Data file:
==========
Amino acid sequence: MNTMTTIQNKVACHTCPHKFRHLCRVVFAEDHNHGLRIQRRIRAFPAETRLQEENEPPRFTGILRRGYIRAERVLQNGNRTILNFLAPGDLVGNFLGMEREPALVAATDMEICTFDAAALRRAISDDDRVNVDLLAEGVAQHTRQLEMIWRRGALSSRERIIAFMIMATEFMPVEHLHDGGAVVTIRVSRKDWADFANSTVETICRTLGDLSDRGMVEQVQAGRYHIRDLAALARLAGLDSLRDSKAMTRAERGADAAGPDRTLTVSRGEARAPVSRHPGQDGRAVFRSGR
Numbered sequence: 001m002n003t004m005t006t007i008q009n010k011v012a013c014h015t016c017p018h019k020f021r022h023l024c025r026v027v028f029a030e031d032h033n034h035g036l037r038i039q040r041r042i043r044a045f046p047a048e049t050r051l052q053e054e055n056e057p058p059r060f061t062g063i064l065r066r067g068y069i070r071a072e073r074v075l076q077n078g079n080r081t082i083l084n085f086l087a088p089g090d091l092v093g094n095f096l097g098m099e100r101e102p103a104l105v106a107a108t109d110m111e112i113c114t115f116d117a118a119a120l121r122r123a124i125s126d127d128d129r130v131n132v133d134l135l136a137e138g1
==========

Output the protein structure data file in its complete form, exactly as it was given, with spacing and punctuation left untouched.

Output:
Amino acid sequence: MNTMTTIQNKVACHTCPHKFRHLCRVVFAEDHNHGLRIQRRIRAFPAETRLQEENEPPRFTGILRRGYIRAERVLQNGNRTILNFLAPGDLVGNFLGMEREPALVAATDMEICTFDAAALRRAISDDDRVNVDLLAEGVAQHTRQLEMIWRRGALSSRERIIAFMIMATEFMPVEHLHDGGAVVTIRVSRKDWADFANSTVETICRTLGDLSDRGMVEQVQAGRYHIRDLAALARLAGLDSLRDSKAMTRAERGADAAGPDRTLTVSRGEARAPVSRHPGQDGRAVFRSGR
Numbered sequence: 001m002n003t004m005t006t007i008q009n010k011v012a013c014h015t016c017p018h019k020f021r022h023l024c025r026v027v028f029a030e031d032h033n034h035g036l037r038i039q040r041r042i043r044a045f046p047a048e049t050r051l052q053e054e055n056e057p058p059r060f061t062g063i064l065r066r067g068y069i070r071a072e073r074v075l076q077n078g079n080r081t082i083l084n085f086l087a088p089g090d091l092v093g094n095f096l097g098m099e100r101e102p103a104l105v106a107a108t109d110m111e112i113c114t115f116d117a118a119a120l121r122r123a124i125s126d127d128d129r130v131n132v133d134l135l136a137e138g1